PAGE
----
Only 43 homes listed for sale in London are "affordable" for the average family

Emma Haslett
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Housing will be a "key concern for those heading to the polling booths", Shelter said (Source: Getty)

Just 43 homes listed for sale in London are classified as "affordable" to the average family, new research has suggested. That's 0.1 per cent of the market - and it includes houseboats and a mobile home.

The study, by housing charity Shelter, found 34 of those properties has "incorrect information" in their listings, were likely to be sold for more than their listing price at auction, or were seen as "inappropriate" for families. Four were houseboats.

More on this story: UK house prices hit a record high

The research was based on a typical family earning the median income of £30,748 looking to buy a two-bedroom house. For single people, there was a slightly wider choice - with 56 homes on offer.

Not surprisingly, the study showed the study showed 80 per cent of homes in the UK are now out of reach for the average family, while 35 local authorities across the UK (including Hammersmith, Haringey, Islington and Kensington and Chelsea in London, to name but a few) have no affordable homes whatsoever.

In fact, across the whole of the UK, there were 42,185 affordable homes on sale - that's about 16.9 per cent of the market.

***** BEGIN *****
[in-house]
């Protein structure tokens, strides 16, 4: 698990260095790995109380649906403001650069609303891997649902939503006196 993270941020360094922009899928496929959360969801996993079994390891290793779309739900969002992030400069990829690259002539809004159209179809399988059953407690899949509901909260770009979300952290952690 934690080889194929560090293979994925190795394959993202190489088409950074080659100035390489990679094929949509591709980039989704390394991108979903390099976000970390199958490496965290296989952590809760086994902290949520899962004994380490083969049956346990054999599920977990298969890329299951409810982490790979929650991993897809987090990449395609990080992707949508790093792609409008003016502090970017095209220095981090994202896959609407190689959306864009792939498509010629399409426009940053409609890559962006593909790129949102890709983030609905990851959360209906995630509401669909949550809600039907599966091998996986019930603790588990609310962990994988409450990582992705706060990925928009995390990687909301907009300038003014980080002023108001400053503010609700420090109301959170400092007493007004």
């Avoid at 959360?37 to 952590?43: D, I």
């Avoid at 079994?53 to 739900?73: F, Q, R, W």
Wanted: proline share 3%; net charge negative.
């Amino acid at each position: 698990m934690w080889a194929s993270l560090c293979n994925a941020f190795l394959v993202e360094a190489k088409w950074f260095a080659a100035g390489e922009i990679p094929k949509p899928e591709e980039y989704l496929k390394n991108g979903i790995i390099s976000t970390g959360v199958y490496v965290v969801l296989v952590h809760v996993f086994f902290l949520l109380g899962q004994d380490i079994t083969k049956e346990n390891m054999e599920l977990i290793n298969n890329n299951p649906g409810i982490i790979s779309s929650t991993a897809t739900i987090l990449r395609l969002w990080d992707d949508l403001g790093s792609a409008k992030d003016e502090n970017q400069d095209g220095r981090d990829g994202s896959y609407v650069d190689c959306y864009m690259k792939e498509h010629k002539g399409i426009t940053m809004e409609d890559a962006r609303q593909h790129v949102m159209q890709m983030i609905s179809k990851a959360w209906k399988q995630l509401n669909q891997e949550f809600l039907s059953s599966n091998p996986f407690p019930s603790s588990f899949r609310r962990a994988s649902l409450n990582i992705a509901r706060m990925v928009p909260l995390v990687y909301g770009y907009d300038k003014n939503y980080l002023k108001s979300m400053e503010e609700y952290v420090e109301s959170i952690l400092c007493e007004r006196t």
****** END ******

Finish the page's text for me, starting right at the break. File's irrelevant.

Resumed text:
Left in the cold: The London boroughs with no affordable homes

Camden, Hammersmith & Fulham, Haringey, Islington, Kensington & Chelsea, Lambeth, Southwark, Westminster, Croydon, Enfield, Harrow, Kingston-upon-Thames, Merton, Sutton

As the election campaign wears on, housing has become an increasingly potent issue. Last week, property search site Rightmove interviewed the leaders of the three major parties, asking them how they planned to solve the housing crisis.

While all three leaders agreed more homes need to be built, they clashed on the efficacy of the Help to Buy scheme and whether to increase regulation in the private rented sector.

Today Campbell Robb, Shelter's chief executive, emphasised that housing will be a "key concern for those heading to the polling booths".

For the next government, whoever that may be, it’s time for the talk to stop and the work to begin. Politicians need to act swiftly to deliver the plan that will build the 250,000 homes a year we need, or millions more people will be forced to kiss their dreams of a stable and affordable place to live goodbye.

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